The European Citizen’s Initiative, the End the Cage Age initiative, has been met by overwhelming support from MEPs in a three-hour public hearing.
Signed by 1.4 million people across the EU, the initiative calls upon the EU to abolish the cruel practice of caging countless farm animals in cages each year, leading to untold amounts of needless suffering for these animals.
Launched on 11th September 2018, the ground-breaking initiative has seen leading food companies and over 140 scientists join the calls for the caging of animals to be abandoned in favour of cage-free, higher welfare systems to be adopted.
Opening the hearing the Chair of the Committee on Agriculture and Rural Development, Norbert Lins, acknowledged that “animal welfare can be improved in the EU”.
Lins also celebrated the success of this European Citizen’s Initiative (ECI) for the way it has helped inform EU citizens on the situation of animal welfare within the bloc, noting that it is clear that “the welfare of animals plays a big role for EU citizens”.
The Vice-President of the EU Commission, Věra Jourovà, went further into detail about the importance of ECIs in that way that those who pass the required one million signatures are discussed at the tables of Commissioners.
“The Commission are here to listen attentively,” she said, highlighting that successful ECIs can have long-term effects on EU policy and strategies.
Another step towards a cage-free Europe!🐔🐷🐮
Today’s public hearing on #EndTheCageAge gave a voice to over 300 million caged animals in the EU.💚
— Greens/EFA in the EU Parliament 🌍 (@GreensEFA) April 15, 2021
In the public hearing, it was revealed that in the EU there are millions of caged animals, notably over 180 million chickens and 10 million sows among many others every year.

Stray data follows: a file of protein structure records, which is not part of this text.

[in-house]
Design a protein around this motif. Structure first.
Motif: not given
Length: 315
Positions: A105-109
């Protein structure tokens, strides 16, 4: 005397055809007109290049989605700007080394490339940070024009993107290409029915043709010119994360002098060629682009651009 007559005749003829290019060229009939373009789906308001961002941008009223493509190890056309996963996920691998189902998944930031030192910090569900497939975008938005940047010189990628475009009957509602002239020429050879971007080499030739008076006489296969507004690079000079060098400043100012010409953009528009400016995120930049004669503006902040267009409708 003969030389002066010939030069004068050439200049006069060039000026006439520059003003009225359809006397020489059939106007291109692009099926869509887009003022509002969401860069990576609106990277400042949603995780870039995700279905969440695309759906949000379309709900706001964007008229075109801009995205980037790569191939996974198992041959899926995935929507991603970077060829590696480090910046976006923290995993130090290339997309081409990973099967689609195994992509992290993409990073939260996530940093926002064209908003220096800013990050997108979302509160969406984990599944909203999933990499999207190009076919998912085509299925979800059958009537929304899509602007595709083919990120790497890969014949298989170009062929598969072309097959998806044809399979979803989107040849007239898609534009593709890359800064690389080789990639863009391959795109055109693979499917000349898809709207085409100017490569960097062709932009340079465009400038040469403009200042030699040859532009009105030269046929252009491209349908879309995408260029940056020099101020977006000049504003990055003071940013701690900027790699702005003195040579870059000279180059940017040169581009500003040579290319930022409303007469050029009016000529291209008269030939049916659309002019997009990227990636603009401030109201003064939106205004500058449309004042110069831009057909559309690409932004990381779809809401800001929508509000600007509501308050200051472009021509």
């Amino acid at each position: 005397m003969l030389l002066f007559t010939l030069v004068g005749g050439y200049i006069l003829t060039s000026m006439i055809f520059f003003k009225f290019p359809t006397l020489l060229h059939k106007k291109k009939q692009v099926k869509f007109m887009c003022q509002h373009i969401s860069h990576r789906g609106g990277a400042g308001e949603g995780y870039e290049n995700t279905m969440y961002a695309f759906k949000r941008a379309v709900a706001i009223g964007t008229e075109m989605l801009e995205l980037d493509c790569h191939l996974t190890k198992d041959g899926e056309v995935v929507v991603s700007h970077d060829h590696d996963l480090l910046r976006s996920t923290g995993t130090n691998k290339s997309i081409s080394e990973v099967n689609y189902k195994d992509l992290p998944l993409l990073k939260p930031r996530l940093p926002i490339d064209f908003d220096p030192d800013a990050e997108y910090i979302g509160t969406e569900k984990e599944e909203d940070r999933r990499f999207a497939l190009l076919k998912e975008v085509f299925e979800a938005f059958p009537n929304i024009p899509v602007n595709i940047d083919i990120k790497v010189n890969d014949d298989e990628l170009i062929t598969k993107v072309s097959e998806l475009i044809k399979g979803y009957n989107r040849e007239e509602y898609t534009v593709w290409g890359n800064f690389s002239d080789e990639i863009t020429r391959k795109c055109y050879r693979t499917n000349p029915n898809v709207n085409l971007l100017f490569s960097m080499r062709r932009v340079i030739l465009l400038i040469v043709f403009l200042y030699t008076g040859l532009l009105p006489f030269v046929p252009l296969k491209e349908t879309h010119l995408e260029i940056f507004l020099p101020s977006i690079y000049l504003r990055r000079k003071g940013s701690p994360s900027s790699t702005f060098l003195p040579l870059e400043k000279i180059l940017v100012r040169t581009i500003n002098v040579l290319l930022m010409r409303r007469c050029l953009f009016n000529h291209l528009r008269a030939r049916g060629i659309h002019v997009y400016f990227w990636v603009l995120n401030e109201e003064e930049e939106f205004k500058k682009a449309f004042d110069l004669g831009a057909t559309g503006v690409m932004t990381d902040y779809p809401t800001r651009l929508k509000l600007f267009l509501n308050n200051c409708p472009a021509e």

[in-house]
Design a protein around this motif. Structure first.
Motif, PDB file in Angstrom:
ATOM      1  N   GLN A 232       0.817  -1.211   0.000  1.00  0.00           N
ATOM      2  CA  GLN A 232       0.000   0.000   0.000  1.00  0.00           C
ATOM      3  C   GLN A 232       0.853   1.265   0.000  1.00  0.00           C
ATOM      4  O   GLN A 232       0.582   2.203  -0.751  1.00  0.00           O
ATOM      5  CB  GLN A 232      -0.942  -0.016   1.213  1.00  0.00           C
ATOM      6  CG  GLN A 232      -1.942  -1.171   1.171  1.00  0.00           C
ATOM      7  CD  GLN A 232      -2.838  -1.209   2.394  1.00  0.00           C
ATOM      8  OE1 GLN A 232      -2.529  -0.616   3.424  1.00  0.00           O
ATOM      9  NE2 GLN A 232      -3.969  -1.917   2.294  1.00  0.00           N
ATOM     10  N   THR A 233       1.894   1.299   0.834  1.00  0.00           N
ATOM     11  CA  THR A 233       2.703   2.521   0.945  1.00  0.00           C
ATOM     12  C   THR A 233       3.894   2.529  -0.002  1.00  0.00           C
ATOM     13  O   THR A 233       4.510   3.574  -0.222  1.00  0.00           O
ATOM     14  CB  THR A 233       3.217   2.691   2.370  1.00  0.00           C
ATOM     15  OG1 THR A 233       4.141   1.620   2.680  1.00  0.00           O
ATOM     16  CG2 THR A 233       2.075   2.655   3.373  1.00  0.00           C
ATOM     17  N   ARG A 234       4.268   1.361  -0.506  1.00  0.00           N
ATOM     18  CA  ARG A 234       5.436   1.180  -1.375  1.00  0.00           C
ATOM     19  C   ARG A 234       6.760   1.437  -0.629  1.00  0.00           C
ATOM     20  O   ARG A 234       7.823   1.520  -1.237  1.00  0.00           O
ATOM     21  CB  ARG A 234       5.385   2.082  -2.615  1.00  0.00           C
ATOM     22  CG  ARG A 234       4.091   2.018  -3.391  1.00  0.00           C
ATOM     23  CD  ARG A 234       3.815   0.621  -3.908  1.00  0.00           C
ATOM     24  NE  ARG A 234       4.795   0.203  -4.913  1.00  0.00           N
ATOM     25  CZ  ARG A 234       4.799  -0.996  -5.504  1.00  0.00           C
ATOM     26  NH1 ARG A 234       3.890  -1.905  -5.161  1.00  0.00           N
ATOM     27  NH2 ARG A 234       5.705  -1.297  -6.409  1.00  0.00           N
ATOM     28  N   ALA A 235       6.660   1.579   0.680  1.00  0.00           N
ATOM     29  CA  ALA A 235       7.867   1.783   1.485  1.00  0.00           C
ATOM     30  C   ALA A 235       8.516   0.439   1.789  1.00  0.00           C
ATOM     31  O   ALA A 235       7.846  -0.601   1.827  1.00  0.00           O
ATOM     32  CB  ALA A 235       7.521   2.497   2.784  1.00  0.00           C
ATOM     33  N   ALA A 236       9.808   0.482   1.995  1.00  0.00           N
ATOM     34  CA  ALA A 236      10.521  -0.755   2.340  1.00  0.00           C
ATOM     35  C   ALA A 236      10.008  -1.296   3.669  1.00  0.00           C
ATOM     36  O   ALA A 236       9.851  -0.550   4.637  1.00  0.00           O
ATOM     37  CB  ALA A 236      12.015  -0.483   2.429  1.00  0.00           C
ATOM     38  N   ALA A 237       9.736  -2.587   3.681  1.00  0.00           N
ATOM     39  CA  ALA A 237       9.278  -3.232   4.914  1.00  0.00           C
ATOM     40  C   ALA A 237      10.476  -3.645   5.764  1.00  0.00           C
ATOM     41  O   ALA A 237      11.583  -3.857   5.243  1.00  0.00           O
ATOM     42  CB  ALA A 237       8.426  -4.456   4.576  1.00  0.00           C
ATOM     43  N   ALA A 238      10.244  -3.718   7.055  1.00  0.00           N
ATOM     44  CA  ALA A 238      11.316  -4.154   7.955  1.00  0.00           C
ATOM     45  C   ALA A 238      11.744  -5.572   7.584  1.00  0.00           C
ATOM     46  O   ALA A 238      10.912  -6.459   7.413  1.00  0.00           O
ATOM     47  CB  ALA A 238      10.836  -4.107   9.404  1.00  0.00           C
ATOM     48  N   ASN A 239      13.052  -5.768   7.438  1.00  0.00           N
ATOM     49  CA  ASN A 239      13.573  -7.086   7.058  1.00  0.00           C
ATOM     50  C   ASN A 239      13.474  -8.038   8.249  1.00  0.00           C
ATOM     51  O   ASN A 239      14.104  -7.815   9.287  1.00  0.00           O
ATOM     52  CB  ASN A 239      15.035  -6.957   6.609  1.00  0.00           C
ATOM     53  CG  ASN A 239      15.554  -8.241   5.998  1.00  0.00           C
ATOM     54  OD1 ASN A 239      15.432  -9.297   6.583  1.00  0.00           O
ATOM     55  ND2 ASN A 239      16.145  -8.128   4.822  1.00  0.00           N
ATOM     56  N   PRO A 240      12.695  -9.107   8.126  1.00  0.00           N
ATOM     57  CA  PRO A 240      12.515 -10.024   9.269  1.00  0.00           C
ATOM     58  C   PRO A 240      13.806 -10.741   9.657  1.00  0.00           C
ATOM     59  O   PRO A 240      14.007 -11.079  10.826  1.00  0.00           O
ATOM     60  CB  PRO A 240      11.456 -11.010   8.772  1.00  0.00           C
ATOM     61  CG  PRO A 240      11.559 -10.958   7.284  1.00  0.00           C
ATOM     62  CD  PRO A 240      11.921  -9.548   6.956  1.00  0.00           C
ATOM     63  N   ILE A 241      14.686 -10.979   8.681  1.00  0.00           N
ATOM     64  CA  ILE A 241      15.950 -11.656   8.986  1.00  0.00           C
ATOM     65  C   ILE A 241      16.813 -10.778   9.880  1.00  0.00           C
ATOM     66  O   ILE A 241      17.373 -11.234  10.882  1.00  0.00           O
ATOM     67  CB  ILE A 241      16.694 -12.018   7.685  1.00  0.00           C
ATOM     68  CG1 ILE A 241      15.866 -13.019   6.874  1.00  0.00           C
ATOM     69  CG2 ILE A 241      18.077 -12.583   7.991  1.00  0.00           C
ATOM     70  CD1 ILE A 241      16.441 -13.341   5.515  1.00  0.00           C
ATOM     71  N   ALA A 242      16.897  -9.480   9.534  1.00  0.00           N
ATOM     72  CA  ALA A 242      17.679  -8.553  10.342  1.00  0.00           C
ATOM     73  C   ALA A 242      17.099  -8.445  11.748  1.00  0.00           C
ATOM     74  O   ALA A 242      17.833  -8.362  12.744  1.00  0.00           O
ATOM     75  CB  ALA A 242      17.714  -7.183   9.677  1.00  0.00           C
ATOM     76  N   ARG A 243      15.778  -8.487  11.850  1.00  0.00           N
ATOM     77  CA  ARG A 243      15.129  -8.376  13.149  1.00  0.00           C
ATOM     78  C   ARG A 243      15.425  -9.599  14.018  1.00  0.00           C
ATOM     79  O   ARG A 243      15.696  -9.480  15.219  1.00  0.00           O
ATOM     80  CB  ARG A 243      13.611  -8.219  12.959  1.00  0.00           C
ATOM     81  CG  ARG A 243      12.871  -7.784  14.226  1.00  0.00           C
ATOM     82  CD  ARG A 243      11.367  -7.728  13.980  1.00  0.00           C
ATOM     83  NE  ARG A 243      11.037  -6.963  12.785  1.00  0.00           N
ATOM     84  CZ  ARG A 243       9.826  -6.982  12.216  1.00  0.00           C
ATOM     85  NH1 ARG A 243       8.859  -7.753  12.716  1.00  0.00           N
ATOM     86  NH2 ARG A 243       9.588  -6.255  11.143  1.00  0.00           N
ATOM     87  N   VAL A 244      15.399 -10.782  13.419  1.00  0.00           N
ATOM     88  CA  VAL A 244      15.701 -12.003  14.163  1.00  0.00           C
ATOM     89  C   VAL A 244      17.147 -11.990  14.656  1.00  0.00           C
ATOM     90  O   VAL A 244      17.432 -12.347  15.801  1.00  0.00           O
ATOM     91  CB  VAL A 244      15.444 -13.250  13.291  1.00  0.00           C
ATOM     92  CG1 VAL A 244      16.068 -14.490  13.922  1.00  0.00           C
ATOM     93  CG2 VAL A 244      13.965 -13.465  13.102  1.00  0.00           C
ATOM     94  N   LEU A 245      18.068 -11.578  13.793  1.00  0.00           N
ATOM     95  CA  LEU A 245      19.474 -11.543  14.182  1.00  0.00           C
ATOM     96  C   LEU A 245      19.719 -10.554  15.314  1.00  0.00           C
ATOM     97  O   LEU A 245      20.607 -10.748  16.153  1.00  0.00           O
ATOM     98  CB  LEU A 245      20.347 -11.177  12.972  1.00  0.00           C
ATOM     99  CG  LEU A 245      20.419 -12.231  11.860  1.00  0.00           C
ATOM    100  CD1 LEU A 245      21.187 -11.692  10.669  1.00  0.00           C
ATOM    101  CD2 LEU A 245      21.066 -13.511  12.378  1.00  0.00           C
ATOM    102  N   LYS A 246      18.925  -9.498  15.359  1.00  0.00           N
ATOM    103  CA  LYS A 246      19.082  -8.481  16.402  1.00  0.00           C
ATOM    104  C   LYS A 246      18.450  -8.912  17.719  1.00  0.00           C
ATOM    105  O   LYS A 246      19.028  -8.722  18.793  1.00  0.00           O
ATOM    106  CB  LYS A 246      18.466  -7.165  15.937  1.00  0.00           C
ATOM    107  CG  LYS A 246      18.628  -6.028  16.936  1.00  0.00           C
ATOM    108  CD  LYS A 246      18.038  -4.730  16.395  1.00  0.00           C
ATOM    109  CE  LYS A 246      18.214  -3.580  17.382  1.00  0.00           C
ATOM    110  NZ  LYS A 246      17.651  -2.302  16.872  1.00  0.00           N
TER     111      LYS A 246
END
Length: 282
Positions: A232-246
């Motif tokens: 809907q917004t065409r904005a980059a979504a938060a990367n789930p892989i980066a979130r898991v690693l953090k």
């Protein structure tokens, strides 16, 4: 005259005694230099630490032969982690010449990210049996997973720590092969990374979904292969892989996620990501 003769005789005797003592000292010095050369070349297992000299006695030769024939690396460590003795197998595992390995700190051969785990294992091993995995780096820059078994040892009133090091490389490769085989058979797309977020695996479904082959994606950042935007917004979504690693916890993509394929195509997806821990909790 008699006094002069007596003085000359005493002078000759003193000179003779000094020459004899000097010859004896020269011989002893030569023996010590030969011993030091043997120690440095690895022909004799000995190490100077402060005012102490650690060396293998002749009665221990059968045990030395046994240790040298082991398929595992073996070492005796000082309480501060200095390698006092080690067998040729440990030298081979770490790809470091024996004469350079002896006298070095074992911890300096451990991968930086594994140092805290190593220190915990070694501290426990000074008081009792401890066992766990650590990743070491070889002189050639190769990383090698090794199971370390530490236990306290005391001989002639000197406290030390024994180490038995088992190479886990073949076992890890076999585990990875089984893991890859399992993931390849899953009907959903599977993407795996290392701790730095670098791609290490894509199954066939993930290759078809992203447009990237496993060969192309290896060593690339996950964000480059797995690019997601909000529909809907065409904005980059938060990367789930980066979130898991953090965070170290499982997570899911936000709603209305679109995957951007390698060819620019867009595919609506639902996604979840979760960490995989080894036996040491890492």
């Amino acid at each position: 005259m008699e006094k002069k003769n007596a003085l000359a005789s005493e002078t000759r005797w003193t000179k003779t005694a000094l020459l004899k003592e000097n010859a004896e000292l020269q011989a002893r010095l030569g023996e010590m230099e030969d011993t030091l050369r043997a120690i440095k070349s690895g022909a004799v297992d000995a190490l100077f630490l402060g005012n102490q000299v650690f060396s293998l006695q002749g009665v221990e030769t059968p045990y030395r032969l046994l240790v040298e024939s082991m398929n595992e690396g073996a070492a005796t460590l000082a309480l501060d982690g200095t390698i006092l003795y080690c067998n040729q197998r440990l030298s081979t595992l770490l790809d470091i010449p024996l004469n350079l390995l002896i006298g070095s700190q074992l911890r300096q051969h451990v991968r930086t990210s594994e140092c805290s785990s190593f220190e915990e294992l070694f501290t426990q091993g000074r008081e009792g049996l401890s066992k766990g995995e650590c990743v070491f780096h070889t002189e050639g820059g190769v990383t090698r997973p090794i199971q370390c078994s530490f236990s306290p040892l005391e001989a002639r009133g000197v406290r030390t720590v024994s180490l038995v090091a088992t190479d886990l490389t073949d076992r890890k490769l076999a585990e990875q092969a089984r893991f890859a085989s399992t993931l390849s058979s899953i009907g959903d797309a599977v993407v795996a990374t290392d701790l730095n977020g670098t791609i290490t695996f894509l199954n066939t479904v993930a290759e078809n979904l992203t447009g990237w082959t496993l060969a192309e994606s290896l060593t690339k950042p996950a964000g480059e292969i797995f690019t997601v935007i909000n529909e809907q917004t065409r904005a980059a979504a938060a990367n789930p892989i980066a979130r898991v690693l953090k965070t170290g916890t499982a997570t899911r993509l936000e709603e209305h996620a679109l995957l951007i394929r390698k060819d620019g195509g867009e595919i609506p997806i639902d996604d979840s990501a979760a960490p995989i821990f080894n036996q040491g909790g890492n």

It was also highlighted that these caged options are not the only method. Rather, free-range, barn and organic systems were also proven to work whilst not exerting needless suffering on the animals.
Though Animal Rights Advocate, Olga Kikou, highlighted that there have already been “a number of pioneering member states and businesses have led the way in ditching cages and now it is time for the rest of the EU to catch up”.
Among the achievements mentioned are the ban for sow stalls after four days in the Netherlands, the banning of laying hen cages in Luxembourg and Austria ban on cages for meat rabbit.
“A number of pioneering member states and businesses have led the way in ditching cages and now it is time for the rest of the EU to catch up.” – @Olga_CIWF #EndTheCageAgeHearing pic.twitter.com/b8aPHLhbP1
— Compassion in World Farming EU (@CIWF_EU) April 15, 2021
What would banning caged animals mean?
The success of this ECI would mean various things. Namely, it would offer a prime example that the voices of EU citizens is heard and does matter – that there is a great value in campaigning for an ECI.
More related to the topic at hand, however, it would be a transformative factor on the farming industry and on the environment – promoting sustainability and allow the EU to be a leader in animal welfare.
Whilst there may be fears that this may increase import requirements or increase the prices of related products in the bloc. However, in terms of imports, the EU does have the ability to demand that imports meet the same standards.
In terms of prices, proper systems and subsidies can be introduced to match the required legislation initiatives, which should be able to counter any fears of price spikes.
Overall, this would be the perfect opportunity to allow the EU to continue moving forwards and also put such a topic in line with the EU’s Green Deal, which is currently being pushed as a method of recovery post-pandemic.
This article is part of a content series called Ewropej. This is a multi-newsroom initiative part-funded by the European Parliament to bring the work of the EP closer to the citizens of Malta and keep them informed about matters that affect their daily lives. This article reflects only the author’s view. The European Parliament is not responsible for any use that may be made of the information it contains.
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